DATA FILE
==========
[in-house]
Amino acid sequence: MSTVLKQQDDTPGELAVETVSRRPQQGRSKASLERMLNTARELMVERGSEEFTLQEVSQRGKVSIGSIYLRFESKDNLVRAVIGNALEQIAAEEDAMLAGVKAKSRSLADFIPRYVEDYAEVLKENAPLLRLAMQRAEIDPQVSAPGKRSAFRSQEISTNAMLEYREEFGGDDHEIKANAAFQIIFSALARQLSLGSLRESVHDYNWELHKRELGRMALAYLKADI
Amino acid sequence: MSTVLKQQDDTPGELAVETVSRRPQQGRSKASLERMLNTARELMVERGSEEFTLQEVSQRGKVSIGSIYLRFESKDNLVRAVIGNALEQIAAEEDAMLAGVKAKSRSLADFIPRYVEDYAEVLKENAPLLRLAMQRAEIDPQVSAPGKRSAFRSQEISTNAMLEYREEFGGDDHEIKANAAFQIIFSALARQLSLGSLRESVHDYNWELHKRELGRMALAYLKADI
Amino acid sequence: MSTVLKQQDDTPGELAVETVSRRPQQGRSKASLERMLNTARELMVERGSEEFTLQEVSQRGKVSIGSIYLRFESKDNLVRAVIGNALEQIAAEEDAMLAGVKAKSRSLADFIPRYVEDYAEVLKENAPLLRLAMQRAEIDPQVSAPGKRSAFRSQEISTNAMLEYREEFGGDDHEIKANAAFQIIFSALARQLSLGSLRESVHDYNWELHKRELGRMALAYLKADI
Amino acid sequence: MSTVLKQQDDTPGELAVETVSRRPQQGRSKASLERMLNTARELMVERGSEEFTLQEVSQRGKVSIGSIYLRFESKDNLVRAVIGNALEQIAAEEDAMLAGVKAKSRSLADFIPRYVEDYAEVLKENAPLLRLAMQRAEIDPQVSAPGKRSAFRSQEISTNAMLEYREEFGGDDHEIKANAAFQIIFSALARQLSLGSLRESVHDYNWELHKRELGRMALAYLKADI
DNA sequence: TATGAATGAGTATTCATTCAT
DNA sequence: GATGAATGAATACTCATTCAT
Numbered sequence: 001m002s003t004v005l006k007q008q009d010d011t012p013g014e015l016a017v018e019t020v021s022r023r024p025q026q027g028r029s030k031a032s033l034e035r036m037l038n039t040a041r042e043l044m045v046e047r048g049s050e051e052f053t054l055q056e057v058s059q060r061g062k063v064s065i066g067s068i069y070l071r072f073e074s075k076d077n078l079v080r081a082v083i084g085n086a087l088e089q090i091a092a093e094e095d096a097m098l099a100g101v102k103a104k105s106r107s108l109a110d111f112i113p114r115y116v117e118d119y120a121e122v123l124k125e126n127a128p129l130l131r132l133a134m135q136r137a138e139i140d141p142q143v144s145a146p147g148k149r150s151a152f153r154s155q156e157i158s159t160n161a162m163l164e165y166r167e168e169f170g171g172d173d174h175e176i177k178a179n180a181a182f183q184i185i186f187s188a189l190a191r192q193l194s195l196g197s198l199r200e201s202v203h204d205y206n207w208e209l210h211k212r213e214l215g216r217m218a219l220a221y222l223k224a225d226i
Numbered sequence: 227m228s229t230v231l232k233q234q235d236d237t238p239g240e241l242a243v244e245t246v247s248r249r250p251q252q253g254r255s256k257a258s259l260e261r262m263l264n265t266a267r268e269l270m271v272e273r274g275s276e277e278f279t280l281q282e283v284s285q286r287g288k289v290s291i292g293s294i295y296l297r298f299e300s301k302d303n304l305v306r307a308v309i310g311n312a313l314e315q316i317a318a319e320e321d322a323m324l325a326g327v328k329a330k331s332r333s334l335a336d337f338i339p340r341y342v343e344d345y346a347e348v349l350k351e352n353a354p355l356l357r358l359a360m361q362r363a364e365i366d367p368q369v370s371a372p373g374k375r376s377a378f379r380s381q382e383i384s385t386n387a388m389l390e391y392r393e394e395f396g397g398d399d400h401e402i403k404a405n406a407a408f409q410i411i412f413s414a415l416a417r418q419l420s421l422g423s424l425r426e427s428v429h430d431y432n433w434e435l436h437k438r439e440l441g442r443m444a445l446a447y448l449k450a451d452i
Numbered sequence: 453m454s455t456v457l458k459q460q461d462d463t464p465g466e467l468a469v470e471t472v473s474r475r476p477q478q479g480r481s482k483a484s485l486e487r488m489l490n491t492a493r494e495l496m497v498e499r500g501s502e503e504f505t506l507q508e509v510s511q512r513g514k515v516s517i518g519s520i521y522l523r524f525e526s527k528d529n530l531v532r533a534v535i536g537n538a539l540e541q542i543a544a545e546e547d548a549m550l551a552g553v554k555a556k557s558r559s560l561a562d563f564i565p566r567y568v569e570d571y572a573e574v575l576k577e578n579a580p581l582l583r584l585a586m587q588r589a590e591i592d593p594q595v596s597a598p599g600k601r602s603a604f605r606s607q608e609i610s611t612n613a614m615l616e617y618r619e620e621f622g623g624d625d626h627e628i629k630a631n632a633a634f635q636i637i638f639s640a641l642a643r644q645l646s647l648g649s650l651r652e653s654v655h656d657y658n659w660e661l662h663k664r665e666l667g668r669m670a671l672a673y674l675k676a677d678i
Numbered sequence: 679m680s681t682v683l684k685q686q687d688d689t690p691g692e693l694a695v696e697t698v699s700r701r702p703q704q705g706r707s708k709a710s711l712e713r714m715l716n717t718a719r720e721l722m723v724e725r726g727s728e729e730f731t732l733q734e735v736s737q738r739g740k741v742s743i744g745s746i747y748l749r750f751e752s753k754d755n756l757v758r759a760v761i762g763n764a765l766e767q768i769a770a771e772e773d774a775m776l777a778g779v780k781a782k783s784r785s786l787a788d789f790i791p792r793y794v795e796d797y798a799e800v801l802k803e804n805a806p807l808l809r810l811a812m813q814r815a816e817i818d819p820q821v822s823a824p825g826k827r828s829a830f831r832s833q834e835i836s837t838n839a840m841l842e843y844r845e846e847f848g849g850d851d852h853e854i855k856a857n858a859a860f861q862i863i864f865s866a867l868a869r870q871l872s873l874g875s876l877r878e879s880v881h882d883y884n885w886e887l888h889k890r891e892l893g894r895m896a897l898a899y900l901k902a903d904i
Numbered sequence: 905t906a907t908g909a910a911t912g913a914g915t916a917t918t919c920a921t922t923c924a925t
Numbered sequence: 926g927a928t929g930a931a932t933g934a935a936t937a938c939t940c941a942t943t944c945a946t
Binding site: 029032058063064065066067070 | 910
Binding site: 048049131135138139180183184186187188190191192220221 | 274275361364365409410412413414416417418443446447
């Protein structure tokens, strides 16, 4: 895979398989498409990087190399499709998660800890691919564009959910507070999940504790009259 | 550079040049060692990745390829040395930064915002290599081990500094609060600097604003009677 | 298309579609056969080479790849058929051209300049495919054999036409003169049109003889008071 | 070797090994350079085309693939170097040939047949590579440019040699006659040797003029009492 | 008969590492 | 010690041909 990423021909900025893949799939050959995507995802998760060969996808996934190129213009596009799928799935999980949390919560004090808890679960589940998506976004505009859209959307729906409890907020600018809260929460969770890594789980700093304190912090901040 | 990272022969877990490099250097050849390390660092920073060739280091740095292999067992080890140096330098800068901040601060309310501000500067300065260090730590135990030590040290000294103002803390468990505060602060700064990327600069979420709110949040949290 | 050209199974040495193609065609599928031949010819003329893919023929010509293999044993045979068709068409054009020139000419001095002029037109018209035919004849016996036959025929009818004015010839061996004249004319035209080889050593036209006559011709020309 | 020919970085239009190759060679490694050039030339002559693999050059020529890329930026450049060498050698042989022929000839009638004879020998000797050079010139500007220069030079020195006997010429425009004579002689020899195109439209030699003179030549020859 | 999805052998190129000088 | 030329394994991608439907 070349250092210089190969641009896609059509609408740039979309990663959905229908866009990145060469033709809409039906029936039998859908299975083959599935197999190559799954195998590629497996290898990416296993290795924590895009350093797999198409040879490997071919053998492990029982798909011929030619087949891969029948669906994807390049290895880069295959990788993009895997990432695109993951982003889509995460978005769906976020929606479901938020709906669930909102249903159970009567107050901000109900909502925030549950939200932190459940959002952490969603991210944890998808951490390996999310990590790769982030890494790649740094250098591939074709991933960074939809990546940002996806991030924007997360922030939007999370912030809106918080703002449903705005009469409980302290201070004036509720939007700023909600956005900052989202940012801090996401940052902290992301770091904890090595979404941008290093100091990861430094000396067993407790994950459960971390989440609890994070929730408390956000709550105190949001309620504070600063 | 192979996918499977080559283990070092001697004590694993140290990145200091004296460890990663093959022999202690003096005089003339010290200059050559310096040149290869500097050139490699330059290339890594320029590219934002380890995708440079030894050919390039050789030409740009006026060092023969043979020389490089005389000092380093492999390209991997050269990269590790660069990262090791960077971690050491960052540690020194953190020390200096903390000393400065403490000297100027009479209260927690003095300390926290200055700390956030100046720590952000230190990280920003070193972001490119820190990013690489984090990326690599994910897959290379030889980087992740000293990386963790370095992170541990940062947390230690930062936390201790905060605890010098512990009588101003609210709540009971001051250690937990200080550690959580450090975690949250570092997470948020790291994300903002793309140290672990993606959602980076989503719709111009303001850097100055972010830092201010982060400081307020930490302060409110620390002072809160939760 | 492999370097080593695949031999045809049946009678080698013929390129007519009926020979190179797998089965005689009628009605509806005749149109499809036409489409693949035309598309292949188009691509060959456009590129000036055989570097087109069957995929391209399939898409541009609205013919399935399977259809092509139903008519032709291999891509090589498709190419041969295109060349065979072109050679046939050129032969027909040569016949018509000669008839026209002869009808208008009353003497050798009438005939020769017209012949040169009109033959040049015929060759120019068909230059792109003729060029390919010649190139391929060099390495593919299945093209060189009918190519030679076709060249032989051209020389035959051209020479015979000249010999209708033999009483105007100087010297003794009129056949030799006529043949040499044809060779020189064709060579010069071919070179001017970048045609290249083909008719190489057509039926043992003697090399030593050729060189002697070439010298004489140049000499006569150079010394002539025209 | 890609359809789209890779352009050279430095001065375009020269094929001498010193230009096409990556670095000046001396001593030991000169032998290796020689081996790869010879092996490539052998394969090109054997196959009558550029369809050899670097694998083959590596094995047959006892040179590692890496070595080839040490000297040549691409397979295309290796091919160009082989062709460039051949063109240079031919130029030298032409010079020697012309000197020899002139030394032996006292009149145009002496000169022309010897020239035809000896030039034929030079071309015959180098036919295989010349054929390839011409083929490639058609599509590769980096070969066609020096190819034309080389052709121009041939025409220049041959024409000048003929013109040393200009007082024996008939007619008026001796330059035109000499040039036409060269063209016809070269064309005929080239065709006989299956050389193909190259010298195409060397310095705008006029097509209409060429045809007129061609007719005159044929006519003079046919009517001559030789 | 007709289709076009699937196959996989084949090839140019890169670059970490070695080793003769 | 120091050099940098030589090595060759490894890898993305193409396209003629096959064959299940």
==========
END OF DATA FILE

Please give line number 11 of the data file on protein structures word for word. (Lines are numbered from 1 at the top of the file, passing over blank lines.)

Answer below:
Numbered sequence: 679m680s681t682v683l684k685q686q687d688d689t690p691g692e693l694a695v696e697t698v699s700r701r702p703q704q705g706r707s708k709a710s711l712e713r714m715l716n717t718a719r720e721l722m723v724e725r726g727s728e729e730f731t732l733q734e735v736s737q738r739g740k741v742s743i744g745s746i747y748l749r750f751e752s753k754d755n756l757v758r759a760v761i762g763n764a765l766e767q768i769a770a771e772e773d774a775m776l777a778g779v780k781a782k783s784r785s786l787a788d789f790i791p792r793y794v795e796d797y798a799e800v801l802k803e804n805a806p807l808l809r810l811a812m813q814r815a816e817i818d819p820q821v822s823a824p825g826k827r828s829a830f831r832s833q834e835i836s837t838n839a840m841l842e843y844r845e846e847f848g849g850d851d852h853e854i855k856a857n858a859a860f861q862i863i864f865s866a867l868a869r870q871l872s873l874g875s876l877r878e879s880v881h882d883y884n885w886e887l888h889k890r891e892l893g894r895m896a897l898a899y900l901k902a903d904i